OFFSHORE DRILLING:

MMS proposes rule to reduce spills, accidents

The Interior Department is proposing a new rule that would require companies drilling offshore to develop programs to reduce spills and accidents by focusing on human behavior in addition to equipment regulation.

Under a proposal due for publication in the Federal Register tomorrow, companies would have to implement a "safety and environmental management system," or SEMS, for oil and gas activities on the outer continental shelf. The Minerals Management Service will accept public comment on the proposed rule for 90 days.

MMS found that equipment failure is rarely the primary cause of accidents or oil spills, which instead can usually be traced to human error or organizational failures. For that reason, companies must ensure that safe and environmentally sound operating practices are followed, the proposed rule says. MMS regulations historically have focused on proper equipment operation, while more progress can be made by concentrating on human behavior, it added.

"The MMS believes that if OCS oil and gas operations are better planned and organized, then the likelihood of injury to workers and the risk of environmental pollution will be further reduced," the proposed rule says.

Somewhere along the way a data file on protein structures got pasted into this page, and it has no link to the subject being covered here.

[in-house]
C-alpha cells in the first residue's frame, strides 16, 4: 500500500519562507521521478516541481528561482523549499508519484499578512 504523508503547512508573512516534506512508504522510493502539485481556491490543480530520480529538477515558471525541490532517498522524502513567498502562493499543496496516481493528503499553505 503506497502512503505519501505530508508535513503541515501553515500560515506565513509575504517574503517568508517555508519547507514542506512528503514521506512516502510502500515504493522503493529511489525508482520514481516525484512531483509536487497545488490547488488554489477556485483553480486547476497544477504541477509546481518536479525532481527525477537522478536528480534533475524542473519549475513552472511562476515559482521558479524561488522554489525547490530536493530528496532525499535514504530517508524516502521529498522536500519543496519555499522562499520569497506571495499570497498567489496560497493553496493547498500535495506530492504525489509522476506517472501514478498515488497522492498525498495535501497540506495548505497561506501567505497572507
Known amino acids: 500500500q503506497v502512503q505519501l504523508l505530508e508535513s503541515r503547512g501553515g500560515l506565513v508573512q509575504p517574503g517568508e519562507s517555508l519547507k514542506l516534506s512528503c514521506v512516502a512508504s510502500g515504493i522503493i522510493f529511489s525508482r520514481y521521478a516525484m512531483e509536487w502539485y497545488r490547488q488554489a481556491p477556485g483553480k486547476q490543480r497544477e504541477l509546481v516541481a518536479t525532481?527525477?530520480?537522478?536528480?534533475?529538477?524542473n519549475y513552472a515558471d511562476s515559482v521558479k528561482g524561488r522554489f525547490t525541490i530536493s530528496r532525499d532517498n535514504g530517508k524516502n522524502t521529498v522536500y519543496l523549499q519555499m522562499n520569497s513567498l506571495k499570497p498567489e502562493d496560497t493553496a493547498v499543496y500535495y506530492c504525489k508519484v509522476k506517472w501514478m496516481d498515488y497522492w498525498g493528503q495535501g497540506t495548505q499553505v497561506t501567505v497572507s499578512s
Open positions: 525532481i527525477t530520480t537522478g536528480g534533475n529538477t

Many companies already have similar programs. In 2006, MMS sought comments on how to improve its regulatory approach to such programs. Options included keeping them voluntary, implementing a partial requirement, or requiring a comprehensive approach, including the 12 elements listed in the American Petroleum Institute's recommended practices. The agency chose a partial approach that would cover four elements that have not been part of MMS regulations previously: hazards analysis, management of change, operating procedures and mechanical integrity.

"The MMS analyzed accident panel investigation reports, incident reports, and incidents of noncompliance and determined that the root cause of most safety and environmental accidents and incidents is one or more of these four elements," the proposed rule states.

The proposed rule would require lessees and operators to have their SEMS programs audited at least once every three years by either an independent third party or by qualified personnel designated within the company. MMS could evaluate the third parties, meet with lessees and operators to periodically review the results of SEMS program audits, and conduct announced or unannounced evaluations with MMS personnel or third parties.

Each program would be tailored to the scale and complexity of the company's operation and structured to include accountability for contractors and subcontractors, the rule says. It would describe management commitment to safety and the environment, as well as policies and procedures to assure safety and environmental protection while conducting OCS operations.

"As company management and worker attitudes play a critical role in determining the safety of operations and environmental protection, a SEMS program would play a major role in focusing the attention of top management on safety and the marine and coastal environments," the rule says.

Click here to read the proposed rule.

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